It takes me to a different place

By Charles Kelleher Harris

Screen Shot 2014-08-06 at 7.30.05 PMGlenwood Barnes loves working with his hands. For the last 12 years he has worked creating beautiful custom made cabinetry.  But his craftsmanship with woodworking is only the beginning of Barnes creativity.  “When I was a kid I didn’t do to good in school,” Barnes said, “But I was creative.”  Barnes was born in Lancaster, South Carolina but raised primarily in Philadelphia. Barnes was one of 13 children.  In his late teens Barnes began taking art classes at a Philadelphia night school. It was there that his true talent blossomed.  Recognizing his skill, Barnes tried, unsuccessfully to garner attention for his work. Frustrated, Barnes put his brushes away for a very long time.  “I stopped,” Barnes recalled, “I lost interest.”  Meanwhile, Barnes and his wife of 25 years, Vernere, raised theirñ three children.  During the lull in his painting, Barnes began practicing Tai Chi and focused on woodworking.  After returning to Charlotte in the 1990s, his interest in painting was sparked anew.  While continuing to work in cabinetry with Metro Woodcrafter Inc, Barnes studied at Mint Hill Arts under Carlos Cotera.  Continue reading

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June Tunes July 3

Screen Shot 2014-07-02 at 4.23.44 PMThe Queen City Brass Band will perform as a part of the June Tunes series Thursday, July3 at 7:30pm.This is a free patriotic concert held on the front lawn of the Town Hall. Bring your lawn chairs and blankets and enjoy the music.

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Dog silhouettes deter geese at town hall

By Michele Dotson

First came the new Mint Hill Town Hall.

Then came the geese.

 Dog decoys were recently purchased by the Town of Mint Hill to deter geese from making their home in the open are in front of the building. The silhouettes move constantly in the breeze and have proven effective at keeping the geese, and their messy droppings, at bay.

Dog decoys were recently purchased by the Town of Mint Hill to deter geese from making their home in the open are in front of the building. The silhouettes move constantly in the breeze and have proven effective at keeping the geese, and their messy droppings, at bay.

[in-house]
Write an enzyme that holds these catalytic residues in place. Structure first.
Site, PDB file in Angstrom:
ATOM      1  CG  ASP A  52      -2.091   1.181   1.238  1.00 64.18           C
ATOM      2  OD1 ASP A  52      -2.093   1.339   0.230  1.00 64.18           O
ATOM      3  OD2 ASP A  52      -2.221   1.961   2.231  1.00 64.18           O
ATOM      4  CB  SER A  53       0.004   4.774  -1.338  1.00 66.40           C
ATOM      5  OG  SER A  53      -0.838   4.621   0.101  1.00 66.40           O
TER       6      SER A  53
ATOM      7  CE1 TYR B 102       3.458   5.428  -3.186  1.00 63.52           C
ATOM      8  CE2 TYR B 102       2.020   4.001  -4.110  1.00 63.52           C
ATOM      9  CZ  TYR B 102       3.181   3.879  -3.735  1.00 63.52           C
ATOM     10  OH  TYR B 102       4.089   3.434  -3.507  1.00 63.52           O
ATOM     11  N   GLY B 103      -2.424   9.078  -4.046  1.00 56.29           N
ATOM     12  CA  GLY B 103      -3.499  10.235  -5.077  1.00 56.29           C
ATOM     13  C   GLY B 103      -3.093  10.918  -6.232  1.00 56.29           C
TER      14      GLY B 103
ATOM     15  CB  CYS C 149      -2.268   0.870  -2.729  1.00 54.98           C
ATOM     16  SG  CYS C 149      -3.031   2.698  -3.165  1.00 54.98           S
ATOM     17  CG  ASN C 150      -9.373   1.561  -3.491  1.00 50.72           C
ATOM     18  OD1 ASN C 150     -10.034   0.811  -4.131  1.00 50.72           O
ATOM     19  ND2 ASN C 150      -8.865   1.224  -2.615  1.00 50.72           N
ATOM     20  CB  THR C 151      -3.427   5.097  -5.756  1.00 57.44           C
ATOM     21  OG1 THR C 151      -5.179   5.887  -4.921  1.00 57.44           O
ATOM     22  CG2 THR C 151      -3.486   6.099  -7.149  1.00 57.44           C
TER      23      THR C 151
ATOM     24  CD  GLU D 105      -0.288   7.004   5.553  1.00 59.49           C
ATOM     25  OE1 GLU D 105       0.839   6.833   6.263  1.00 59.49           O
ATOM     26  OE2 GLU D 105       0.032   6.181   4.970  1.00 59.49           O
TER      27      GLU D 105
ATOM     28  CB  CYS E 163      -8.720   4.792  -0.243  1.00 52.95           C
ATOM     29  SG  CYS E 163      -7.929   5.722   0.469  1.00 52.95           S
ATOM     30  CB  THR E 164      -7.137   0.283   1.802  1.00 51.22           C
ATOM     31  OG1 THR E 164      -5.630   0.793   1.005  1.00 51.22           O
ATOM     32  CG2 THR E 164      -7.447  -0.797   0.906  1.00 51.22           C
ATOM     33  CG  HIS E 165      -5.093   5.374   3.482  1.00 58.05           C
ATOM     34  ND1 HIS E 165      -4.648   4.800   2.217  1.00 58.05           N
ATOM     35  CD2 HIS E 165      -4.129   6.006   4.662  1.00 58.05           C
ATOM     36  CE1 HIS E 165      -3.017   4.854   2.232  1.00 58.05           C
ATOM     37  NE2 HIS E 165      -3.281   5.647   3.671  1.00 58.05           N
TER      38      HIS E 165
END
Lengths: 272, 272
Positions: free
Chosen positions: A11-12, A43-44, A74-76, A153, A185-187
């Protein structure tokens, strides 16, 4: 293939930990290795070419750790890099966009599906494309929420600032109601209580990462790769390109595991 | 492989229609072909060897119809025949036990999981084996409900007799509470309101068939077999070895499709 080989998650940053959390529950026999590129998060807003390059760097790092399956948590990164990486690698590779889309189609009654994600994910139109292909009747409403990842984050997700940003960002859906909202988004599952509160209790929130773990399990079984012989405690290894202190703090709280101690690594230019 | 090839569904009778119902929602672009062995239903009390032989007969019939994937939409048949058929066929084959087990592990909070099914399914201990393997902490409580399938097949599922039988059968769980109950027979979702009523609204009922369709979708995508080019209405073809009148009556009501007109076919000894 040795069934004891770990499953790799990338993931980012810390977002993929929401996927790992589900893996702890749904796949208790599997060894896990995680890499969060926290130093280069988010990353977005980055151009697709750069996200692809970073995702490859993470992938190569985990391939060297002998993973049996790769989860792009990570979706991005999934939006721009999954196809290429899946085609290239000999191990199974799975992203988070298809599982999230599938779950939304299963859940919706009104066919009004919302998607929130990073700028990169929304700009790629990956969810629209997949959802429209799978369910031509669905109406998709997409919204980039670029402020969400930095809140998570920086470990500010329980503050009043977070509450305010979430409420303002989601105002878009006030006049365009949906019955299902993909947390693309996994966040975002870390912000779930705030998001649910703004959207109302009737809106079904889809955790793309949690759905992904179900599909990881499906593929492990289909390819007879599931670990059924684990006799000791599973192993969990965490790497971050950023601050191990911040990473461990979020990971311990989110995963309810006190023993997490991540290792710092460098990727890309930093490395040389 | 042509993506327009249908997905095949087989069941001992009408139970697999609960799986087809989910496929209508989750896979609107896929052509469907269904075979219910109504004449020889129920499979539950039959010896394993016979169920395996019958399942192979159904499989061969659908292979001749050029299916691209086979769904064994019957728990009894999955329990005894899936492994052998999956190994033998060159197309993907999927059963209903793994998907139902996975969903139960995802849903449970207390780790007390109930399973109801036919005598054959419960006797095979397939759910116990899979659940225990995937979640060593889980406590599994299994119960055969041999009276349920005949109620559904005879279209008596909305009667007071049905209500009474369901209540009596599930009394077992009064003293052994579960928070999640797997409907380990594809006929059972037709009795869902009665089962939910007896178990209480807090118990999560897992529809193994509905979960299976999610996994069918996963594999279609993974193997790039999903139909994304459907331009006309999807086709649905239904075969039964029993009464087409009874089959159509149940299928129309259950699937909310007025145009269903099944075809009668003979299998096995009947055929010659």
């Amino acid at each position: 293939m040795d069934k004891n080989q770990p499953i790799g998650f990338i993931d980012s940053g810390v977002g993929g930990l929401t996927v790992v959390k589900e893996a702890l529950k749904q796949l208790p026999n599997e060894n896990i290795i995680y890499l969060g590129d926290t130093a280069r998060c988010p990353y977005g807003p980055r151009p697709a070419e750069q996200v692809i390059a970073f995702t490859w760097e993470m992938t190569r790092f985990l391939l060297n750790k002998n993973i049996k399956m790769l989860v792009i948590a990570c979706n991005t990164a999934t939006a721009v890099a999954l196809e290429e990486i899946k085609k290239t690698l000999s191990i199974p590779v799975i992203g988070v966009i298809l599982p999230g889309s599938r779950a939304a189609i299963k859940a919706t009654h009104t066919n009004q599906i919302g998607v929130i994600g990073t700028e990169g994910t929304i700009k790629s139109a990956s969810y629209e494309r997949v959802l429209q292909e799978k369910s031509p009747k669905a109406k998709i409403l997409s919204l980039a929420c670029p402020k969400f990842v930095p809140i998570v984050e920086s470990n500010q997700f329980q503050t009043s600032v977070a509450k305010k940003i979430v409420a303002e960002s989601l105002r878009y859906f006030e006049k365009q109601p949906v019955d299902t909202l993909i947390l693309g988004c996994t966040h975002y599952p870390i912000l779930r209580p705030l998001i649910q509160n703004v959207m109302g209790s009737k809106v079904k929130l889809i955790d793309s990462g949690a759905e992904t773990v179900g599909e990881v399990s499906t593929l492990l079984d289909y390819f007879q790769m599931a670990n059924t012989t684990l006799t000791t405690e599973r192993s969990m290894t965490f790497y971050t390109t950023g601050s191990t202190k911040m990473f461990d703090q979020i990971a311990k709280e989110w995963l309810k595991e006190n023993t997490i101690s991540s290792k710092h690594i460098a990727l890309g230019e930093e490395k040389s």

Drawn to the open space and newly planted grass, they came in numbers. First flocking to the grassy area, they soon began to wander the sidewalks and walk boldly up to the front doors.

Visitors soon had to dodge goose droppings, which are not only unsightly, but they can also be a health hazard.

To combat the problem humanely, the town purchased two dog silhouettes, which measure 24 inches high and 34 inches from tail to nose.

The dogs are made out of weather resistant plastic and are guaranteed to last three to four years. Continue reading

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Mint Hill Town Hall snow covered

Send us your snow pictures to news@minthilltimes.com and we will post them on our Facebook page and website!

Photos by: Michael Habenicht, CEO, Kaleidoscopic, Inc.

Mint Hill snow pic 3 Mint HIll Snow pic 2 Mint HIll Snow pic 1

 

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Christmas comes to town hall

Screen Shot 2013-12-13 at 11.04.09 PMThe annual Mint Hill Town Hall Christmas tree lighting was held last Thursday. Following the official lighting of the tree, Town Hall was open to the public for cookies, music, drinks, and visits with Santa.

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Mint Hill Police station open for business

Screen Shot 2013-09-25 at 8.31.52 PMThe Mint Hill Police station was open for business on Monday, September 23 at its new location in the former town hall building.

A few small problems were reported, but, according to Police Chief Tim Ledford, the transition has been smooth.

“We have a couple of locks not working,” says Ledford. “We had a leak in the men’s locker room that was taken care of this morning, and the phones were not working properly.”

Screen Shot 2013-09-25 at 8.31.58 PMAll minor inconveniences that haven’t dampened the excitement of the move.

The Board of Commissioners approved the renovations of the former Mint Hill Town Hall in March, 2012.

The architects worked hard to make effective use of the space in order to provide the police department with what they need to do their job effectively.

“We went from about 5,000 square feet to 7,800 square feet,” says Ledford. “In the old building, we had to put three units together to make one, and it wasn’t very effective.” Continue reading

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